For my lean and green meals, I measure one tablespoon (10 grams) as one healthy fat serving, which has around 50 calories (13).
Coconut (shredded, unsweetened) – 1 ½ tbsp
Here’s the photo of the coconut I like to buy in my local store.
I love the taste and texture of fresh coconut, but with 283 calories per 80 grams, I must be very careful (14).
That’s why we only use shredders coconut for a variety of baked goods, homemade protein bars, and Optavia pudding hacks.
Cream cheese (regular) – 1 tbsp
Cheese can also be a healthy fat option on Optavia.
Here’s a photo of my favorite cream cheese – laughing cow light.
I use laughing cow cheese as a condiment, as well as a healthy fat on Optavia.
I really like cream cheese because it’s low in calories and it tastes great. I usually spread it on meats, fish, or veggies, but it’s also good in other recipes.
I like that I can have a lot of cream cheese without having to worry about calories, and it’s also a good source of protein.
One tablespoon (15 grams) of cream cheese light equals to one Optavia healthy fat serving. It has around 30 calories and 2 grams of fats (15).
Sour cream – 2 tbsp
I always have low-fat sour cream in my fridge. I love how versatile it is. I can add it to meats, soups, and salads for extra flavor.
And, because it’s low in calories, I don’t have to feel guilty about using it liberally.
Two tablespoons (30 grams) of sour cream light equal to one Optavia healthy fat serving. It has less than 40 calories and only 3 grams of fats (16).
Plus, it just tastes good! Whether I’m eating a lean and green meal, or something that’s a little more indulgent, sour cream makes it better.
Optavia healthy fat chart
The list below includes some of my favorite healthy fat choices, like avocados and nuts, as well as some less familiar options, like chia seeds and hemp hearts.
It is divided into categories, so you can easily find the fats that best meet your needs.
It includes the name of the food item, as well as recommended quantity equal to 1 healthy fat serving size.
The list is divided into:
Optavia monounsaturated healthy fats list
- Almond flour: 1 ½ Tbsp
- Avocado: 1 ½ oz
- Guacamole: 2 Tbsp
- Olives: 5 – 10 black or green olives
- Almond (refrigerated, unsweetened original or unsweetened vanilla): 2 cups
- Cashew (refrigerated, unsweetened original or unsweetened vanilla): 2 cups
- Avocado: 1 tsp
- Canola: 1 tsp
- Olive: 1 tsp
- Peanut: 1 tsp
- Almonds: 1⁄3 oz (~8 pieces)
- Pesto: 1 Tbsp
- Sesame Seeds: 1 Tbsp
Optavia polyunsaturated healthy fats list
- Margarine (regular): ½ Tbsp
- Margarine (reduced-fat): 1 Tbsp
- Mayonnaise (regular): ½ Tbsp
- Mayonnaise (light): 1 ½ Tbsp
- Mayonnaise (reduced-fat with olive oil): 1 Tbsp
- Pine: 1⁄3 oz (~55 kernels)
- Flaxseed: 1 tsp
- Grapeseed: 1 tsp
- Safflower: 1 tsp
- Sesame: 1 tsp
- Soybean: 1 tsp
- Chia: 1 Tbsp
- Flax (ground): 2 Tbsp
- Flax (whole): 1 Tbsp
- Hemp: 1 Tbsp
- Poppy: 1 Tbsp
- Pumpkin: 1 Tbsp
- Sunflower (kernel only): 1 Tbsp
Optavia saturated healthy fats list
- Butter: ½ Tbsp
- Coconut (shredded, unsweetened): 1 ½ Tbsp
- Cream (half & half): 3 Tbsp
- Cream cheese (regular): 1 Tbsp
- Cream cheese (low-fat): 2 Tbsp
- Coconut (canned, regular): 2 Tbsp
- Coconut (canned, light): ¼ cup
- Coconut (refrigerated, unsweetened original or unsweetened vanilla): 1 cup
- Sour cream: 2 Tbsp
- The Laughing Cow Spreadable Cheese Original Swiss: 1 wedge
Other Optavia healthy fats you can use
- Canned tuna: 1 regular can (5 grams fat)
- Tofu: 3 oz (4 grams fat)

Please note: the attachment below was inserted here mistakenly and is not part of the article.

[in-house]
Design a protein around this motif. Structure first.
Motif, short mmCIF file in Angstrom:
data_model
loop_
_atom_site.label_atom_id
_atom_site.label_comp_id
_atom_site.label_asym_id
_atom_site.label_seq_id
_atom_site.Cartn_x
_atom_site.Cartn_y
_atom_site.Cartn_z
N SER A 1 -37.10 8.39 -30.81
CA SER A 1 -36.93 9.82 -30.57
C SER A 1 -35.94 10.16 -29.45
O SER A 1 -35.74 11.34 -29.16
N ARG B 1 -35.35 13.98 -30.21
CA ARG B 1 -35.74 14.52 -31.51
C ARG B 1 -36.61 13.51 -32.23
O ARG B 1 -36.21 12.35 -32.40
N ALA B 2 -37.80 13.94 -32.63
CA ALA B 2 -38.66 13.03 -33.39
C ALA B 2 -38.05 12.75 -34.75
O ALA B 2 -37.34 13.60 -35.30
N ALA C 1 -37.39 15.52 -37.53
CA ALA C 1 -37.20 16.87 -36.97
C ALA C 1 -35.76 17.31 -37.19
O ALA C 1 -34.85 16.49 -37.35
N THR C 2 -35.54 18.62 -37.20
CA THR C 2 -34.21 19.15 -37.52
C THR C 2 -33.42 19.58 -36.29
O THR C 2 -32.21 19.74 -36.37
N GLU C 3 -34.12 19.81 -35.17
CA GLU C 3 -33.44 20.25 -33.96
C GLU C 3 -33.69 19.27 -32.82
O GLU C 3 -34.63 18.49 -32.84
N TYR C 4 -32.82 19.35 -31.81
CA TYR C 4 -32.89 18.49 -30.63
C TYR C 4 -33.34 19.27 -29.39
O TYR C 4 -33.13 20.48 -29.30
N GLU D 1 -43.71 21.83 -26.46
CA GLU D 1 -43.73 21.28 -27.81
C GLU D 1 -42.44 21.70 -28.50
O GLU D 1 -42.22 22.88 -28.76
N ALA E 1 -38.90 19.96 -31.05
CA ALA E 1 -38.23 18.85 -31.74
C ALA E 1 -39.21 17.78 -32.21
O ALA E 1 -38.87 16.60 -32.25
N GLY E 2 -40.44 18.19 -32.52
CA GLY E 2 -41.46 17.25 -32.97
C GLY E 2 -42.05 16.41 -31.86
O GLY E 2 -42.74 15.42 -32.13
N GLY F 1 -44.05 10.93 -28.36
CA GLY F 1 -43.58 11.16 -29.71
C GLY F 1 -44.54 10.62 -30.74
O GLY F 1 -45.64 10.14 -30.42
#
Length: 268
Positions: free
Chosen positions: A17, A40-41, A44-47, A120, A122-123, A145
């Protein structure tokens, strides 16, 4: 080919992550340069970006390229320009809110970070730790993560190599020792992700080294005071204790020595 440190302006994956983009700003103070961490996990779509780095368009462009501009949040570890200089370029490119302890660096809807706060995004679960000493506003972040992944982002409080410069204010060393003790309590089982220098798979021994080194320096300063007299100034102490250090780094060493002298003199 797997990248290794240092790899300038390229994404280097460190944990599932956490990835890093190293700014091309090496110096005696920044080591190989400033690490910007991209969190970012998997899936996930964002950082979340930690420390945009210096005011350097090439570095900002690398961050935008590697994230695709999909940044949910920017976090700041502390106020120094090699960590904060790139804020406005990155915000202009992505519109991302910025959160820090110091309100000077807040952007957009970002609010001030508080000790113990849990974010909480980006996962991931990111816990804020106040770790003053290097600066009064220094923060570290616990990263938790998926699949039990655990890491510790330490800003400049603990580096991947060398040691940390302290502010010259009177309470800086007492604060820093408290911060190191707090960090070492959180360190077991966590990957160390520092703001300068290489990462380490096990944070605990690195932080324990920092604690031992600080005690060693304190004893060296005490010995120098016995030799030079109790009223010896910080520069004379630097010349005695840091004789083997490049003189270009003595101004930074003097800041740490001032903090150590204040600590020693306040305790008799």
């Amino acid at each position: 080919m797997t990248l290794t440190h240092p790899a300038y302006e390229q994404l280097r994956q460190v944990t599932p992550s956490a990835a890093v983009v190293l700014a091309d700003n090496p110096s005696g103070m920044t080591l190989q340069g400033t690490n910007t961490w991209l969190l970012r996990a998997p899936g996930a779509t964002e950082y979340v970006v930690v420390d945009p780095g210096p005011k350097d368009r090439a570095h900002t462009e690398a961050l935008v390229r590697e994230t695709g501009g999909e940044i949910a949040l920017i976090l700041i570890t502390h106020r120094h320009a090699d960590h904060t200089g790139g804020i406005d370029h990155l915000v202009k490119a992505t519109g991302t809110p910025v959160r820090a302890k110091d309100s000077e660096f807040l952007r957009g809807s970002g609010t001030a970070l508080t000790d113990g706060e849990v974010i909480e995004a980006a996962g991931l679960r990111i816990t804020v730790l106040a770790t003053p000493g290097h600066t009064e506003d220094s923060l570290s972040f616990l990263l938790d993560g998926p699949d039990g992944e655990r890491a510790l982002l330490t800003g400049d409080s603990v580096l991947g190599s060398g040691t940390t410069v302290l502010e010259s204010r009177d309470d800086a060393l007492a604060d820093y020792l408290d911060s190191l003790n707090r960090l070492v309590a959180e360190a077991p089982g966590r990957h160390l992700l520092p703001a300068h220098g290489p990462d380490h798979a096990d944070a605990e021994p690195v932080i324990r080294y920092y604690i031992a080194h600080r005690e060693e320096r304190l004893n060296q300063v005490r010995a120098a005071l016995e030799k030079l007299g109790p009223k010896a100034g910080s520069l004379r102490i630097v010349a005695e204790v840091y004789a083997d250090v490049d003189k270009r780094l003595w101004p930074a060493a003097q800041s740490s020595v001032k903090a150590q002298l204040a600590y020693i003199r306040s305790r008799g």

- Edamame: ½ cup, shelled (4,5 grams fat)
- Egg: 1 medium whole egg (5 grams fat)
- Anchovies: 2 oz can (4,5 grams fat)
- Sardines: ½ can (3,75 oz) (4 grams fat)
- Cheddar Cheese: ½ oz (4,5 grams fat)
What fats should you avoid on Optavia?
There are certain types of fats that didn’t meet the requirements for “healthy fats” in the Optavia 5 and 1 plan.
Although peanut butter is a nutritious and versatile snack, I would avoid using it on Optavia 5 and 1 plan.
One tablespoon has 95 calories and 8 grams of fats (17), which is almost double what other fats contain.
According to a study of many clinical trials published in the Frontiers in Nutrition Journal, “people who eat peanuts have fewer triglycerides. However, people who were already at high risk for heart problems gained weight after eating peanut butter.”
Therefore, eating too much peanut butter can hinder your weight loss goals.
You should not eat honey on Optavia, at least during the weight loss phase. Honey is high in calories and sugar, without providing many essential nutrients.
Additionally, it contains fructose which is a simple sugar that can lead to weight gain and other health problems when consumed in large amounts.
Instead of using honey, consider adding some of the approved Optavia sweeteners that have zero calories and zero sugar.
Trans fats are the ones that should be avoided. Any food label that includes the words “partially hydrogenated oils” contains trans fat.
According to the Journal of Food Science and Technology, “people who consume too much trans fat put themselves at risk for stroke, heart attack, and diabetes.”
Additionally, heart experts recommend that people generally avoid saturated fats as they are known to increase levels of LDL cholesterol in the blood.
High levels of LDL cholesterol increase your risk for stroke and heart disease, which is why the American Heart Association recommends limiting one’s daily saturated fat consumption to between 5-6% of total caloric intake.
Can You Have Laughing Cow Cheese On Optavia?
Yes, you can have Laughing Cow cheese on Optavia. However, it is recommended to use Laughing Cow cheese as a condiment or a healthy fat serving. One tablespoon (15 grams) of Laughing Cow cream cheese light is considered equivalent to one Optavia healthy fat serving. It contains approximately 30 calories and 2 grams of fat.
U.S. Department of Agriculture, Agricultural Research Service. FoodData Central, 2019. fdc.nal.usda.gov.
2. Dreher, Mark L, and Adrienne J Davenport. “Hass avocado composition and potential health effects.” Critical reviews in food science and nutrition vol. 53,7 (2013): 738-50. doi:10.1080/10408398.2011.556759
3. Gillingham, Leah G et al. “Dietary monounsaturated fatty acids are protective against metabolic syndrome and cardiovascular disease risk factors.” Lipids vol. 46,3 (2011): 209-28. doi:10.1007/s11745-010-3524-y